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Blood and money for short-term employment

by xyonent
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of The great Tim Taylor About the new paper on plasma donation:

John M. Dooley and Emily A. Gallagher take a different approach in “Blood Money: Selling Plasma to Avoid Loan Sharks” (Economic Research Reviewcoming soonpublished online on May 2, 2024. SSRN Working Paper Version (Here). They are investigating how the opening of a plasma center in an area affects low-income residents’ finances. By way of background, they write:

“Plasma, a component of blood, is a key ingredient in medicines used to treat millions of people with immune disorders and other illnesses. With an annual value of more than $26 billion in 2021, plasma is the largest market for human body materials. The United States provides 70% of the world’s plasma supply, and blood products are consistently among the top 10 U.S. exports. The reason the United States produces such large amounts of plasma is that, unlike most other countries, the United States allows pharmaceutical companies to pay donors. Typically, for new donors, the payment is about $50 per donation, but during severe shortages, this can reach $200 per donation. In the United States, blood donations are also relatively frequent, with people allowed up to twice a week (104 times a year)…”

Not surprisingly, plasma donors tend to be young and poor, and they use plasma donation as an alternative to non-bank financing like payday loans.

I was struck by Tim’s thoughts on how this relates to the labor market and regulation.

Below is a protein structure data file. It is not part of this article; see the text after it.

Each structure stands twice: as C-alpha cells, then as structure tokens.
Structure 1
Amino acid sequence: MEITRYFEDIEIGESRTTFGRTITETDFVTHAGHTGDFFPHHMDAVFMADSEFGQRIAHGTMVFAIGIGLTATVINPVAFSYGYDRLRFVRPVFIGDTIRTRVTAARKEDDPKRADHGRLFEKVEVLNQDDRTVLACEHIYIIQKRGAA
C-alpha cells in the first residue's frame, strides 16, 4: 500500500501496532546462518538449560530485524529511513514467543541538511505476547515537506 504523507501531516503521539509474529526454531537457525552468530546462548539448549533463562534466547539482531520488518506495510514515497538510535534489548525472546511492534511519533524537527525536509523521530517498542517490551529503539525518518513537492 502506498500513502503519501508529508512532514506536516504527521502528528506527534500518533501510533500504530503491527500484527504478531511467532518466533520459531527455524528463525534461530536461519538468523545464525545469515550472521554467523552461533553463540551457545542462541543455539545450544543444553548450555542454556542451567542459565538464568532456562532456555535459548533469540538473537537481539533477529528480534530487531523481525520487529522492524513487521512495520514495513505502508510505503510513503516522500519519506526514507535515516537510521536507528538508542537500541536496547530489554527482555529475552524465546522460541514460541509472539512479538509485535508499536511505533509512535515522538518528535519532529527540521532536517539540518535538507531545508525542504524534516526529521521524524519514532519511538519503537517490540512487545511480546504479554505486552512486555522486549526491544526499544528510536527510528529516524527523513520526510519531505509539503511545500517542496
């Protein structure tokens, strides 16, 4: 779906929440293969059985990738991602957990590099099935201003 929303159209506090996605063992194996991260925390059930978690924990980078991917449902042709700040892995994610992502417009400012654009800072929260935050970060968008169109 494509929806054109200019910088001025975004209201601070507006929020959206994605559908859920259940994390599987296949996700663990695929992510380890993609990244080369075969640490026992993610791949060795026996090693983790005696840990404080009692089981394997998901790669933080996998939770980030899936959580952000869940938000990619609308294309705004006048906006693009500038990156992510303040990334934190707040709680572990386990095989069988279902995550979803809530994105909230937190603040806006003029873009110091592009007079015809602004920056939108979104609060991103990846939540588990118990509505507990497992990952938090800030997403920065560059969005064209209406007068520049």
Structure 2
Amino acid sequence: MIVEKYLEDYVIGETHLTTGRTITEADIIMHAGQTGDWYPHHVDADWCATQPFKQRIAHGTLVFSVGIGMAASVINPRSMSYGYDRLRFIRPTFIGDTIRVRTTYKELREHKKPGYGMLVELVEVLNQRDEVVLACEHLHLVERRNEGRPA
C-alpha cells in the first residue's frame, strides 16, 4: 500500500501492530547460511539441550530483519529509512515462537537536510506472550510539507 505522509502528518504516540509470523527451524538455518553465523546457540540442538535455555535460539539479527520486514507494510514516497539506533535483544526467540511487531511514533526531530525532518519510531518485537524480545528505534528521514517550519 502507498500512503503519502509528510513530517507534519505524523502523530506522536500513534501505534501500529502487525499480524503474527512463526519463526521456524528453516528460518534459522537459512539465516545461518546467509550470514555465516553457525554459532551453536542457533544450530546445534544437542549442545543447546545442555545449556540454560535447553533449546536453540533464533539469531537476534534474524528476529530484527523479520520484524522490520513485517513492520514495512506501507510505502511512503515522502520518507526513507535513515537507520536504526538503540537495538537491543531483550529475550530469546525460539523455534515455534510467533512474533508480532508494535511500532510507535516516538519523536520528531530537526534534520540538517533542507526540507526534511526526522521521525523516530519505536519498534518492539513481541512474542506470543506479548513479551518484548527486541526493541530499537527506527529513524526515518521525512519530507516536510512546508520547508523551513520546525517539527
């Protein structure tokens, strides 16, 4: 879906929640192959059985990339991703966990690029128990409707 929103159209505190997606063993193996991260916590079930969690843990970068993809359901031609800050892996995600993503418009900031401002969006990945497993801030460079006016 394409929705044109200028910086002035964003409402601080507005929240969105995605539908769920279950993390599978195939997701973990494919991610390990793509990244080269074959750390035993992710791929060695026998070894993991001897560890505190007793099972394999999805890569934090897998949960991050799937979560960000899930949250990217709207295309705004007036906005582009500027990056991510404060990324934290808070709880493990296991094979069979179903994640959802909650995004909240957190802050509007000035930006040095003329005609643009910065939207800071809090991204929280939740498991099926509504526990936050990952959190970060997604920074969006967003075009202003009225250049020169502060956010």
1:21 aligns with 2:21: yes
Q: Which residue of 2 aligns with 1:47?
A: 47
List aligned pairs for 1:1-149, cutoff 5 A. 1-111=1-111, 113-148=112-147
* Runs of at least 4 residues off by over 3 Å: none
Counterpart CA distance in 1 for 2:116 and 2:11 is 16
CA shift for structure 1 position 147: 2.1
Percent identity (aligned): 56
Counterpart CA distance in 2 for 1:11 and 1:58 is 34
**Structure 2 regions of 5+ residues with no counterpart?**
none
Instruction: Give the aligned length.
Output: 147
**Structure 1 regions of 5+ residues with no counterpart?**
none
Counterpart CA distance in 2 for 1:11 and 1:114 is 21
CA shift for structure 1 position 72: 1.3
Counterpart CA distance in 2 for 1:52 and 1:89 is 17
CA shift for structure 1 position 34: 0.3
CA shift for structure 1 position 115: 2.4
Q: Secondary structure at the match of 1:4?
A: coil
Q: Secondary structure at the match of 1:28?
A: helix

…It makes me think about the economic stress many Americans face. Getting paid a few hundred dollars for donating plasma a few times is not an ideal solution. Neither is taking out a high-interest short-term loan. In fact, taking out a loan may not be wise at all if you don’t have the income to pay it back. In the modern U.S. economy, hiring someone for even a short-term job requires a human resources department, paperwork, identification, bookkeeping, and tax records. These rules are there for a reason, but the result is that it’s not easy to find a short-term job that pays for a few days, even though there is a semi-underground network of such jobs in most urban areas.

In Roger Miller’s 1964 classic “King of the Road,” he says, “Two hours of pushing a broom can buy you a four-bit 8Γ—12 room.” While the song romanticizes the life of a vagabond to a certain extent, the idea that a low-income person could leave their home and find a two-hour job that pays enough to solve their immediate cash flow problems outside of donating plasma seems nearly impossible in the modern economy.

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